Thursday, January 18, 2007

The Beauty of Writing on a Blog

Blogs get a lot of criticism, even from me who writes in several online spaces. It's easy to get sucked into the trap of almost unconscious writing, or worse: the sort of gibberish that I lament is killing the minds of teenagers everywhere, IM-lingo. (Uggh, I hate it). However, Donna's post from yesterday made me think about the purpose of blogging.

And I realized even when I'm being "intellectual", it's a release of pent-up word energy. It's a way for me to write in a forum where there are no critics (harsh ones anyway), no professors to grade what I write, and if someone disagrees with me, so what? I can alternate my roles from reader, creative writer, book critic, book lover, and thinker, switching from scholar to curious individual (or some combination therein) with each entry I form. I can hope that others read and enjoy my entries, but in the end it doesn't actually matter.

The beauty of writing on a blog--to play, to grow, to learn. It can be a lovely thing, this blogging on varied interests, developing a writing style. Those writing teachers always say "write everyday" (or something like that) and blogging provides an incentive to do so, with the added charm that an audience exists out there in the Interwebs to read, enjoy, and learn with me. My pent-up word energy is out, and I'm better for it because I'm making it available for other eyes, giving me an audience to write for, even if they are only in my mind.

Wednesday, January 17, 2007

Fem Lit--or, The Only Place Feminist Criticism is Welcome

I've stated before that I dislike feminist criticism. It's not that I dislike feminism (I occasionally fancy myself a bit of a feminist--but wouldn't you, growing up in a conservative family with four brothers?) but rather their often over-reaching approaches and their snooty jargon. They always seem to be glaring at me, frowning at my knitting and domestic pride, and my lack of desire to read everything as men trying to screw me. It's just not how I think, okay?

However, feminist literature is certainly a valid field for feminist theory--since it's feminist theory turned narrative. So, without further ado, I delve into an exploration of Margaret Atwood's The Penelopiad. It's a modern, feminist retelling of The Odyssey from the perspective of Penelope. But she's dead when she's telling it, which brings all sorts of interesting implications. She opens by declaring that's she's dead, and thus knows everything. If that's true, then why does she spend so much of her time wondering why her twelve maids were killed, why Eurycleia picked them to be hanged, and other incidents during her mortal existence.

The Penelopiad is written from women's voices, alternating between Penelope with the twelve hanged maid serving as a chorus. It also brings in the voice of Helen, her beauty queen cousin. The maids were hanged for certain sexual crimes and insolence against their master, and they are bent on avenging their deaths. Their chorus both supports the tale that Penelope spins, and undermines it until the reader is caught trying to figure out the truth along with Penelope--a truth that, in typically feminist, is never arrived at.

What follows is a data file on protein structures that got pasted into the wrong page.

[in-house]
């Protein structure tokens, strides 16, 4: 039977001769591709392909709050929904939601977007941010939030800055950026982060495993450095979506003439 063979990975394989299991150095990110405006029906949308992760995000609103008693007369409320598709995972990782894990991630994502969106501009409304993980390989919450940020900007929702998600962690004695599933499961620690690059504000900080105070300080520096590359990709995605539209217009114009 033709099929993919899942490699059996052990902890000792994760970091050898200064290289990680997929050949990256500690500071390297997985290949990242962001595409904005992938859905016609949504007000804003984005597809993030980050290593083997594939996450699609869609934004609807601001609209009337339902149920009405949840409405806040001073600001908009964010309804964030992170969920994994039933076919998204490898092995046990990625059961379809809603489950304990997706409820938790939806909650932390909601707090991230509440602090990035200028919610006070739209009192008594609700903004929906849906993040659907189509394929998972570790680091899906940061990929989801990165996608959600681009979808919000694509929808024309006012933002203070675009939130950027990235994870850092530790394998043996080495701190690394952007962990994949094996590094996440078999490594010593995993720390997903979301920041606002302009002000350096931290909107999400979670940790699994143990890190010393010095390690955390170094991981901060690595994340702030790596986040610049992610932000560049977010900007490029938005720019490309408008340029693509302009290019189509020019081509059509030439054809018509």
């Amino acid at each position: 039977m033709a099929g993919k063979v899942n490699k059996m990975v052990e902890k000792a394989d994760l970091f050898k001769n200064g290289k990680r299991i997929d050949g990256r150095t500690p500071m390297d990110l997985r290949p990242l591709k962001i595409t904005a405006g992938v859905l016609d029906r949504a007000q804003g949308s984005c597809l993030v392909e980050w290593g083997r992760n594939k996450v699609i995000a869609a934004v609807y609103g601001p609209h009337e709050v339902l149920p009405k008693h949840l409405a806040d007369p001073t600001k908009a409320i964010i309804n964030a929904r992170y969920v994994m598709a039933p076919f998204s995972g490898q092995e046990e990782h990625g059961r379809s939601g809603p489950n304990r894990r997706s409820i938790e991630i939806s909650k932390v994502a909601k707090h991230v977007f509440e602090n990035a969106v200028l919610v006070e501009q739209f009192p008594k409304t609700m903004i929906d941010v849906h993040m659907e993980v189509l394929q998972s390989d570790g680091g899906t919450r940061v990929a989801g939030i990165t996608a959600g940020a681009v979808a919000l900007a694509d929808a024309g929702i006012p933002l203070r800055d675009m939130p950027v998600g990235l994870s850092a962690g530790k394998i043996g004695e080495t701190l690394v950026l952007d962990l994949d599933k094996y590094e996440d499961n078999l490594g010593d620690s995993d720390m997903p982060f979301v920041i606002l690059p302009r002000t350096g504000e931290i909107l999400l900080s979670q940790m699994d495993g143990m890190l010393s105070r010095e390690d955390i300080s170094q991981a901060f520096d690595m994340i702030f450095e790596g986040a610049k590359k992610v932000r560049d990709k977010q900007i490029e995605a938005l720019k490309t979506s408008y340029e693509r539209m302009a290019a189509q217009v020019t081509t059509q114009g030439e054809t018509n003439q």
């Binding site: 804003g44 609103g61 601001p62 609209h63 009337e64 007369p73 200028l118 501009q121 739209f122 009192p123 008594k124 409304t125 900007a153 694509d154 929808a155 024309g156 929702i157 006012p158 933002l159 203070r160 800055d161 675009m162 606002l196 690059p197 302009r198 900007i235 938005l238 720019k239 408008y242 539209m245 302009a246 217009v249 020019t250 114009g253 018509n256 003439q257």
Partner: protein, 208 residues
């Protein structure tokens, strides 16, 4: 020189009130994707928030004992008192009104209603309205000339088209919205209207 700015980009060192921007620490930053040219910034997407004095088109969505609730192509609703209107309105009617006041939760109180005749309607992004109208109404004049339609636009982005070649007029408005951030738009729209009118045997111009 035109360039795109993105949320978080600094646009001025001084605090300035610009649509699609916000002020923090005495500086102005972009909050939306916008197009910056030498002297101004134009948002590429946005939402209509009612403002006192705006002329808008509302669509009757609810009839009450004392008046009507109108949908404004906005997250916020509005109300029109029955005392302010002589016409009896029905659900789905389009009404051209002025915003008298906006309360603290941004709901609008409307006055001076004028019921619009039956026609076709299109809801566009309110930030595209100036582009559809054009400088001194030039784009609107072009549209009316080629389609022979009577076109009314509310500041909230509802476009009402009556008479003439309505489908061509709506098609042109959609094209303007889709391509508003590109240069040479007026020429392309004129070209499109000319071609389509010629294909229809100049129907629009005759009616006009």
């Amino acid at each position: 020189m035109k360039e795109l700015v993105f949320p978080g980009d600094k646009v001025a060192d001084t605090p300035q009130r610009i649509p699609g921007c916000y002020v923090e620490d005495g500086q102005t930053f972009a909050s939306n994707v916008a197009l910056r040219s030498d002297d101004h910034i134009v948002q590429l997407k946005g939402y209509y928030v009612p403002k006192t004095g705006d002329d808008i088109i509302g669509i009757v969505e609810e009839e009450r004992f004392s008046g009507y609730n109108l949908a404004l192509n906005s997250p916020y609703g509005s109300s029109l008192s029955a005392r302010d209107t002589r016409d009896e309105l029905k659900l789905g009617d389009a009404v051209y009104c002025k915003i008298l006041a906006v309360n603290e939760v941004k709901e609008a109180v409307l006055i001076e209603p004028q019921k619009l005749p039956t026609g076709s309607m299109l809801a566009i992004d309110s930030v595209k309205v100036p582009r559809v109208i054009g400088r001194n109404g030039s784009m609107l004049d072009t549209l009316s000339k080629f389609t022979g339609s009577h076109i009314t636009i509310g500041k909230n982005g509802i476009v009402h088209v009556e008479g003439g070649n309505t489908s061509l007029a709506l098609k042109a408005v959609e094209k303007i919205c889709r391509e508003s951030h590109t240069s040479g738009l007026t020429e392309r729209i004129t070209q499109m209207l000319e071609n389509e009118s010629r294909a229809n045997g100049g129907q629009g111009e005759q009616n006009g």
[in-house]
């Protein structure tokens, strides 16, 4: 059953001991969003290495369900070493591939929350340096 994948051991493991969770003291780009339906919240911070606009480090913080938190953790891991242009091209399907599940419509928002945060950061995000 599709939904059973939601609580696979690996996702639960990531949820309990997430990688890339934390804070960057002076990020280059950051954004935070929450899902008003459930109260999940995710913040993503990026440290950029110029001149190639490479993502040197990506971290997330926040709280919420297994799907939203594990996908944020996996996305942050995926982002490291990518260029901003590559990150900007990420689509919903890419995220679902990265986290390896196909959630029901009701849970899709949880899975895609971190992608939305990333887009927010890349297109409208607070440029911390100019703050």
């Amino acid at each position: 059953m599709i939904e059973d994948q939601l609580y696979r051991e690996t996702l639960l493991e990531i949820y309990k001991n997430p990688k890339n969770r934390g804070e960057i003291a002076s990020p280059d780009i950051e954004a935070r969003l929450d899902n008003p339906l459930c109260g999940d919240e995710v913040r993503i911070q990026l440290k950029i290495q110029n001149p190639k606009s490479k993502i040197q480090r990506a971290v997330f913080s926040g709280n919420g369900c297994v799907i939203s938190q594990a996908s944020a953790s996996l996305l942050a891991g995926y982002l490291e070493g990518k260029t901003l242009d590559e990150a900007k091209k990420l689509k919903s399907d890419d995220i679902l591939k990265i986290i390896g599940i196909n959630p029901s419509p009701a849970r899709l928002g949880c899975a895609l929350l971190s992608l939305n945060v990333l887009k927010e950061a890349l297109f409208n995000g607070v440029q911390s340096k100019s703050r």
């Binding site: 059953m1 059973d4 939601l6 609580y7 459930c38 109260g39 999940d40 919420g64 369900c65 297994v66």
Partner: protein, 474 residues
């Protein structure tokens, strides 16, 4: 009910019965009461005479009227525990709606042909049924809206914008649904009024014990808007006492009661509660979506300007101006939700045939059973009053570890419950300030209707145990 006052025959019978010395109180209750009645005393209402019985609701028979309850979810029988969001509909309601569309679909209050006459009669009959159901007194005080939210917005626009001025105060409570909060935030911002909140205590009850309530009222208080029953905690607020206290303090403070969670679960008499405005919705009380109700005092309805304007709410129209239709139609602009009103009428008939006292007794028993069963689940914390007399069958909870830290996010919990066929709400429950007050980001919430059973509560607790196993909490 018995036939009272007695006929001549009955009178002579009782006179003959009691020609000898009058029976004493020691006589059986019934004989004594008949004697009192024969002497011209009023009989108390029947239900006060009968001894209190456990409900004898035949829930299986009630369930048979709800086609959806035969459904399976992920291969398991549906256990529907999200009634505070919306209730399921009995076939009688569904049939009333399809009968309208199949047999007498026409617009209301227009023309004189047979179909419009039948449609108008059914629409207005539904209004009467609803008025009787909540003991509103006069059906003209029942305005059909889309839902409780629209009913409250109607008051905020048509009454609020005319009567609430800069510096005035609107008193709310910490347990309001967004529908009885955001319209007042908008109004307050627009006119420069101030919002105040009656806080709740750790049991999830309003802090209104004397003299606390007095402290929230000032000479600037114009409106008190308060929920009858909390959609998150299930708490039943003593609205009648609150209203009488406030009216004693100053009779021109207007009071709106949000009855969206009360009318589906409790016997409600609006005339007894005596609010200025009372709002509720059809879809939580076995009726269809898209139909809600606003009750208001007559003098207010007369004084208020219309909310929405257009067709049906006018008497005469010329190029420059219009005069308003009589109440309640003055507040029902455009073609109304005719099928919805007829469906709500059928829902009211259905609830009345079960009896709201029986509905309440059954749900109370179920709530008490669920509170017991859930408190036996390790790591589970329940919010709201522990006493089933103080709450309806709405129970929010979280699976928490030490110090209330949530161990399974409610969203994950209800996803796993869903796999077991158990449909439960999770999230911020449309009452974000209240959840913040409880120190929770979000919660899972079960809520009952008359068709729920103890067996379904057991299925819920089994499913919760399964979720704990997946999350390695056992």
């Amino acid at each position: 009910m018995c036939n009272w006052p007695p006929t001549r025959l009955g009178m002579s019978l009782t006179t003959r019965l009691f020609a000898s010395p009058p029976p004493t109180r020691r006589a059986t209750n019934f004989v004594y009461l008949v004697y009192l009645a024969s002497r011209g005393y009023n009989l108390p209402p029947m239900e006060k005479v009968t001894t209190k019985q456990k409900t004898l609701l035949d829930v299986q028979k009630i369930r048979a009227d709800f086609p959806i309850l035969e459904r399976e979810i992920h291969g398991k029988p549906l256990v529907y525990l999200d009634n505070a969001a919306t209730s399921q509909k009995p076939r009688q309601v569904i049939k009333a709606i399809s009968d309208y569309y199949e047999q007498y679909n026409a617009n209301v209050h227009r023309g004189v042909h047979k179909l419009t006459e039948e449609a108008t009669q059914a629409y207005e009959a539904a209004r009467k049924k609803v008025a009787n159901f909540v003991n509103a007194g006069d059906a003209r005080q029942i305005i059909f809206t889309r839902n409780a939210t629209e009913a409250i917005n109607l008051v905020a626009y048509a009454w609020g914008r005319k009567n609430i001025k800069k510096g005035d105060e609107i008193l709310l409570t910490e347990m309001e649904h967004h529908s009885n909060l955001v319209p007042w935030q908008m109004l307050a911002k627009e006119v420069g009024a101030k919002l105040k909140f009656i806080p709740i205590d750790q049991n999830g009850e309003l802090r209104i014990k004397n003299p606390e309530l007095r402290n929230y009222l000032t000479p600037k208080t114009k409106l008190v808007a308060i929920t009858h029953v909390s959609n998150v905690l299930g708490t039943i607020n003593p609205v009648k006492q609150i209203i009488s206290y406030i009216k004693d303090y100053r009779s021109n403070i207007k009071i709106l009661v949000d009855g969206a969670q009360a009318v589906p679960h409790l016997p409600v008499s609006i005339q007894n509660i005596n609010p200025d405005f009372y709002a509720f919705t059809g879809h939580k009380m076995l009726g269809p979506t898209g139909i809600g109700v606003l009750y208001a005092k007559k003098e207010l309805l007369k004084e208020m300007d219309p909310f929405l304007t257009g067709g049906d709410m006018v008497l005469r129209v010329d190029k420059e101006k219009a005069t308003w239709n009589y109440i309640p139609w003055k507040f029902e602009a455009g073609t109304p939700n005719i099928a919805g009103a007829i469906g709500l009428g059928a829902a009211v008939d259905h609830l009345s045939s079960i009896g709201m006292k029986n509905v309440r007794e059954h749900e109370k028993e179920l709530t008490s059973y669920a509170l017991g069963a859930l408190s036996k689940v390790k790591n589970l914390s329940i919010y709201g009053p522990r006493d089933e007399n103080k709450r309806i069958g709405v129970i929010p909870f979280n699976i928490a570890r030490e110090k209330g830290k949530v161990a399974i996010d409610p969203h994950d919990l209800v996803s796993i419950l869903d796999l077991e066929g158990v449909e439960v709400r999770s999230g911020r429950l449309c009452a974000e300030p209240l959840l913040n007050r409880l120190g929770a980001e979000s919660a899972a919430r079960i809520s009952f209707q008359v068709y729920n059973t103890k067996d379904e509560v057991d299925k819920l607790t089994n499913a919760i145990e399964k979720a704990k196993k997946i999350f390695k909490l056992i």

The feminism within the work is carefully plotted. Penelope occasionally mentions ideas from her Greek society that seem almost preposterous to us--the father "selling" his daughter to the man who can win the contest; the maids whose lot (if they are especially young and pretty) is to be raped and sexually used by their master and perhaps his guests; and the role of a young noblewoman in marriage. On her wedding night, Penelope has to pretend to scream like she's being raped to satisfy the ceremonial wedding rites. This is a story where women are property, their bodies are not their own, and men control them and their lives. In the case of the twelve maids, they are hung by Odysseus after he kills the suitors.

And yet, not quite. Atwood teases out another story through the chorus of maids, asserting that they are not the Twelve Maids, but the Twelve Maidens of the goddess Artemis, the feminine goddess of chastity, the moon, the huntress who takes no man. And as there are thirteen lunar months, Penelope is the Queen of them, which she indeed has claimed all throughout the book that these Twelve are her special, beautiful, chosen maids, trained by her and used by her to keep the Suitors at bay. Then the story becomes about the repression of the cult of the Moon-goddess and a further dominance of the patriarchy.

And then the further question--did Penelope sleep with any of the Suitors? It would be difficult to resist a little dalliance, Atwood seems subtly to assert, when her husband has been gone for twenty years. The maids declare outright that they helped her in her infidelity, while Penelope maintains that she was never unfaithful to her husband, even when she heard he was off sleeping with beautiful goddesses. Or whores, if you don't believe the "high" version of the tale. But then she undermines herself by linking herself with Odysseus, the honey-tongued liar. Does she lie, or tell the truth? Apparently even dead she still buries some of the voices of her tale.